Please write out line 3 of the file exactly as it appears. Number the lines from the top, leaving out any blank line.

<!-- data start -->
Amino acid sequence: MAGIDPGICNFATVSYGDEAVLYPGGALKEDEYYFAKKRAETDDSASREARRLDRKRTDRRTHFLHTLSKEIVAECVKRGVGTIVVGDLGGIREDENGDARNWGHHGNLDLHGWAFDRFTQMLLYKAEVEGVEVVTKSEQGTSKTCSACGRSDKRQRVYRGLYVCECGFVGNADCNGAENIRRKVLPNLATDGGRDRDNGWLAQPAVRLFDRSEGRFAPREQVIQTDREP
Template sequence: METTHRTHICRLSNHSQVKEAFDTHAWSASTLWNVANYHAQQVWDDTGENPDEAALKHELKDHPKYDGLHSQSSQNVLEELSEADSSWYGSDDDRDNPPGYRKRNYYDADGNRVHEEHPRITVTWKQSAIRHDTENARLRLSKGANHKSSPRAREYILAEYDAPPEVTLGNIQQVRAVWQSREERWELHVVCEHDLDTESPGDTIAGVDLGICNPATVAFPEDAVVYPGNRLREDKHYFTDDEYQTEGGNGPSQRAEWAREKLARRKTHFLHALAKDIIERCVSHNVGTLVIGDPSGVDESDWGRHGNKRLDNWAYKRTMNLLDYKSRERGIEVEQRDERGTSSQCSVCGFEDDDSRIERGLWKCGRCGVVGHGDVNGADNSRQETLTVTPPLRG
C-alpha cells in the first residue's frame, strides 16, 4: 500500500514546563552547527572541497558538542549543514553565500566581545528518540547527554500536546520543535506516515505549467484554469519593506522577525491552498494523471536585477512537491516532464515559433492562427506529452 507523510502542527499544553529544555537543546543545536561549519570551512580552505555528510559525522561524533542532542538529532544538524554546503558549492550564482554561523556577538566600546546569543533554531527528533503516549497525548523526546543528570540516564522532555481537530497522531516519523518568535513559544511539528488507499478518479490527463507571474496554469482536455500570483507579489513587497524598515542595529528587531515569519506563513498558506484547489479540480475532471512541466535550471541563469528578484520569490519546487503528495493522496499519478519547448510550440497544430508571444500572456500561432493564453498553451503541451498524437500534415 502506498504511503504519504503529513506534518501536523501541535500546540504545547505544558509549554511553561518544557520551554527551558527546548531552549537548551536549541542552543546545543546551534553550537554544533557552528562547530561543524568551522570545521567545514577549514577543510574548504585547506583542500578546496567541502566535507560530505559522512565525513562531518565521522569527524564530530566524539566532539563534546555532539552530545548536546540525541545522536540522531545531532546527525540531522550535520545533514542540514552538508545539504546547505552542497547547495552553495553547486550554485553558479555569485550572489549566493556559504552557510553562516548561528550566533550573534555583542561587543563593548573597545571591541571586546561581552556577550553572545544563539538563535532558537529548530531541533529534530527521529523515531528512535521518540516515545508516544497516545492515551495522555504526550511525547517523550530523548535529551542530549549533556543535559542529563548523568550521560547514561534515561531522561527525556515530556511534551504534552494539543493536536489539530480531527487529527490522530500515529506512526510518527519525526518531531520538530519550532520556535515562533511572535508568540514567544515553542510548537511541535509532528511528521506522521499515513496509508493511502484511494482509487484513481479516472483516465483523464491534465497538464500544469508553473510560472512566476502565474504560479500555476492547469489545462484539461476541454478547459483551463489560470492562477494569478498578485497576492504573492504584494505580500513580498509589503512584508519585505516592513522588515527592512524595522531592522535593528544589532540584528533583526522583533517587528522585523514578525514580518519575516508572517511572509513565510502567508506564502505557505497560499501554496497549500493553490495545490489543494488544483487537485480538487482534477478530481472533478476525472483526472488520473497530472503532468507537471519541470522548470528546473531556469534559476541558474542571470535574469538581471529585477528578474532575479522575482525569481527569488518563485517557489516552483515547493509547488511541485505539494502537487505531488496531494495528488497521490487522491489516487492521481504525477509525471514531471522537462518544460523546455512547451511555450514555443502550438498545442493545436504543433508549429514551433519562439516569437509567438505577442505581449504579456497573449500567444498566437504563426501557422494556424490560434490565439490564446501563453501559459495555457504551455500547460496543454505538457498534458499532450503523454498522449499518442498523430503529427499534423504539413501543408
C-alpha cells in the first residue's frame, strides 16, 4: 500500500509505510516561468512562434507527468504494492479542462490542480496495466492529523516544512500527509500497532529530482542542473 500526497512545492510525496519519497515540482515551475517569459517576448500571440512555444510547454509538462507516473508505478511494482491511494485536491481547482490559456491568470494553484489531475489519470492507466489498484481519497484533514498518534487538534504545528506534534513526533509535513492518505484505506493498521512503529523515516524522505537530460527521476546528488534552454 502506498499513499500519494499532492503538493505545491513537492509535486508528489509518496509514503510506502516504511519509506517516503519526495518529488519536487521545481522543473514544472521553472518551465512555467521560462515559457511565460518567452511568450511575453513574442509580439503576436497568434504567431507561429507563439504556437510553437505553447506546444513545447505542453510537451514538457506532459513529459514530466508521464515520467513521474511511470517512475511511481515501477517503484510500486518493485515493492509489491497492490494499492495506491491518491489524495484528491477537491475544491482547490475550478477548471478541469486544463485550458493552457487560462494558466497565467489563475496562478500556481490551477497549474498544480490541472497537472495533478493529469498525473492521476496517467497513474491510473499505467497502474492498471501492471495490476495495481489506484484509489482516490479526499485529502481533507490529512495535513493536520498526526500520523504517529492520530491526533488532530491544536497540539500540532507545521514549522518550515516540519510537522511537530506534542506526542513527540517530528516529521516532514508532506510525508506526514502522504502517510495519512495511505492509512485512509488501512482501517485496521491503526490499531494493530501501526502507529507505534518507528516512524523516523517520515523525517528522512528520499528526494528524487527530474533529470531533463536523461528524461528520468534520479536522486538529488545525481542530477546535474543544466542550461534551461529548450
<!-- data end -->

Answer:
C-alpha cells in the first residue's frame, strides 16, 4: 500500500514546563552547527572541497558538542549543514553565500566581545528518540547527554500536546520543535506516515505549467484554469519593506522577525491552498494523471536585477512537491516532464515559433492562427506529452 507523510502542527499544553529544555537543546543545536561549519570551512580552505555528510559525522561524533542532542538529532544538524554546503558549492550564482554561523556577538566600546546569543533554531527528533503516549497525548523526546543528570540516564522532555481537530497522531516519523518568535513559544511539528488507499478518479490527463507571474496554469482536455500570483507579489513587497524598515542595529528587531515569519506563513498558506484547489479540480475532471512541466535550471541563469528578484520569490519546487503528495493522496499519478519547448510550440497544430508571444500572456500561432493564453498553451503541451498524437500534415 502506498504511503504519504503529513506534518501536523501541535500546540504545547505544558509549554511553561518544557520551554527551558527546548531552549537548551536549541542552543546545543546551534553550537554544533557552528562547530561543524568551522570545521567545514577549514577543510574548504585547506583542500578546496567541502566535507560530505559522512565525513562531518565521522569527524564530530566524539566532539563534546555532539552530545548536546540525541545522536540522531545531532546527525540531522550535520545533514542540514552538508545539504546547505552542497547547495552553495553547486550554485553558479555569485550572489549566493556559504552557510553562516548561528550566533550573534555583542561587543563593548573597545571591541571586546561581552556577550553572545544563539538563535532558537529548530531541533529534530527521529523515531528512535521518540516515545508516544497516545492515551495522555504526550511525547517523550530523548535529551542530549549533556543535559542529563548523568550521560547514561534515561531522561527525556515530556511534551504534552494539543493536536489539530480531527487529527490522530500515529506512526510518527519525526518531531520538530519550532520556535515562533511572535508568540514567544515553542510548537511541535509532528511528521506522521499515513496509508493511502484511494482509487484513481479516472483516465483523464491534465497538464500544469508553473510560472512566476502565474504560479500555476492547469489545462484539461476541454478547459483551463489560470492562477494569478498578485497576492504573492504584494505580500513580498509589503512584508519585505516592513522588515527592512524595522531592522535593528544589532540584528533583526522583533517587528522585523514578525514580518519575516508572517511572509513565510502567508506564502505557505497560499501554496497549500493553490495545490489543494488544483487537485480538487482534477478530481472533478476525472483526472488520473497530472503532468507537471519541470522548470528546473531556469534559476541558474542571470535574469538581471529585477528578474532575479522575482525569481527569488518563485517557489516552483515547493509547488511541485505539494502537487505531488496531494495528488497521490487522491489516487492521481504525477509525471514531471522537462518544460523546455512547451511555450514555443502550438498545442493545436504543433508549429514551433519562439516569437509567438505577442505581449504579456497573449500567444498566437504563426501557422494556424490560434490565439490564446501563453501559459495555457504551455500547460496543454505538457498534458499532450503523454498522449499518442498523430503529427499534423504539413501543408